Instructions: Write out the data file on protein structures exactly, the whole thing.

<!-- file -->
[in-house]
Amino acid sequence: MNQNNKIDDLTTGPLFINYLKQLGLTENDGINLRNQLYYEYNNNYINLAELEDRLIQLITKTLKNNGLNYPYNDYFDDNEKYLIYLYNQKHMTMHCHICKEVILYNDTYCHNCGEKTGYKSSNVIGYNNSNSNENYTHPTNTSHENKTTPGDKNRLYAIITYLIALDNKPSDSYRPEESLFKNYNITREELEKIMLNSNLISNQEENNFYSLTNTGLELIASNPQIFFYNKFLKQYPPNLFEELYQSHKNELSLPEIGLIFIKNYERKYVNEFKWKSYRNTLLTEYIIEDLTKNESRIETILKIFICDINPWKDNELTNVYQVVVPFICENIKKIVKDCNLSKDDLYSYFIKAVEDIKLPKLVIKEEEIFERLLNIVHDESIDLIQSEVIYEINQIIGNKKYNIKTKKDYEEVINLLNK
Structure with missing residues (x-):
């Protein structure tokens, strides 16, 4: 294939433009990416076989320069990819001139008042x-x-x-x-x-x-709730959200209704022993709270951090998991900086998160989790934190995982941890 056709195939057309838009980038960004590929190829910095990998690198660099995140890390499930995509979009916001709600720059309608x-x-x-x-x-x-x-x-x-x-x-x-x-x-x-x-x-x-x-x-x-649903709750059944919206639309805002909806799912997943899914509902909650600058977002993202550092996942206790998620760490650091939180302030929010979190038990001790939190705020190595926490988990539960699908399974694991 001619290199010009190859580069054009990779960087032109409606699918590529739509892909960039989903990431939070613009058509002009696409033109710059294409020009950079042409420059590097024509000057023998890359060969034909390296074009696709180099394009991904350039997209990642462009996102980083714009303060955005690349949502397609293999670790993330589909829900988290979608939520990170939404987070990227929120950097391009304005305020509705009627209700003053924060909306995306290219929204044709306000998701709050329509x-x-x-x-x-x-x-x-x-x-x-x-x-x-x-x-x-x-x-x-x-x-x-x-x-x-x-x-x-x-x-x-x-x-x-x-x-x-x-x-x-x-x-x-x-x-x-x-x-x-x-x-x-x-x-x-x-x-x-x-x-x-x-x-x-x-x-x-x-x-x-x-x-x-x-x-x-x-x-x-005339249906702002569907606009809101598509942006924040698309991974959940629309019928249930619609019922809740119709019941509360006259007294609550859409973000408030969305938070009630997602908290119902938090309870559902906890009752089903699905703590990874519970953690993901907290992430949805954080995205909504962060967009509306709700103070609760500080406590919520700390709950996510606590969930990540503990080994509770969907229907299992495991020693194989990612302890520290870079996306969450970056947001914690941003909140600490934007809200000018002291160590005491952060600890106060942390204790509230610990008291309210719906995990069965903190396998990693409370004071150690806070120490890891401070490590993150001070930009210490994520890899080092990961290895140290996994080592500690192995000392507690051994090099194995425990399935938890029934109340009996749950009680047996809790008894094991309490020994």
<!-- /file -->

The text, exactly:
[in-house]
Amino acid sequence: MNQNNKIDDLTTGPLFINYLKQLGLTENDGINLRNQLYYEYNNNYINLAELEDRLIQLITKTLKNNGLNYPYNDYFDDNEKYLIYLYNQKHMTMHCHICKEVILYNDTYCHNCGEKTGYKSSNVIGYNNSNSNENYTHPTNTSHENKTTPGDKNRLYAIITYLIALDNKPSDSYRPEESLFKNYNITREELEKIMLNSNLISNQEENNFYSLTNTGLELIASNPQIFFYNKFLKQYPPNLFEELYQSHKNELSLPEIGLIFIKNYERKYVNEFKWKSYRNTLLTEYIIEDLTKNESRIETILKIFICDINPWKDNELTNVYQVVVPFICENIKKIVKDCNLSKDDLYSYFIKAVEDIKLPKLVIKEEEIFERLLNIVHDESIDLIQSEVIYEINQIIGNKKYNIKTKKDYEEVINLLNK
Structure with missing residues (x-):
């Protein structure tokens, strides 16, 4: 294939433009990416076989320069990819001139008042x-x-x-x-x-x-709730959200209704022993709270951090998991900086998160989790934190995982941890 056709195939057309838009980038960004590929190829910095990998690198660099995140890390499930995509979009916001709600720059309608x-x-x-x-x-x-x-x-x-x-x-x-x-x-x-x-x-x-x-x-x-649903709750059944919206639309805002909806799912997943899914509902909650600058977002993202550092996942206790998620760490650091939180302030929010979190038990001790939190705020190595926490988990539960699908399974694991 001619290199010009190859580069054009990779960087032109409606699918590529739509892909960039989903990431939070613009058509002009696409033109710059294409020009950079042409420059590097024509000057023998890359060969034909390296074009696709180099394009991904350039997209990642462009996102980083714009303060955005690349949502397609293999670790993330589909829900988290979608939520990170939404987070990227929120950097391009304005305020509705009627209700003053924060909306995306290219929204044709306000998701709050329509x-x-x-x-x-x-x-x-x-x-x-x-x-x-x-x-x-x-x-x-x-x-x-x-x-x-x-x-x-x-x-x-x-x-x-x-x-x-x-x-x-x-x-x-x-x-x-x-x-x-x-x-x-x-x-x-x-x-x-x-x-x-x-x-x-x-x-x-x-x-x-x-x-x-x-x-x-x-x-x-005339249906702002569907606009809101598509942006924040698309991974959940629309019928249930619609019922809740119709019941509360006259007294609550859409973000408030969305938070009630997602908290119902938090309870559902906890009752089903699905703590990874519970953690993901907290992430949805954080995205909504962060967009509306709700103070609760500080406590919520700390709950996510606590969930990540503990080994509770969907229907299992495991020693194989990612302890520290870079996306969450970056947001914690941003909140600490934007809200000018002291160590005491952060600890106060942390204790509230610990008291309210719906995990069965903190396998990693409370004071150690806070120490890891401070490590993150001070930009210490994520890899080092990961290895140290996994080592500690192995000392507690051994090099194995425990399935938890029934109340009996749950009680047996809790008894094991309490020994």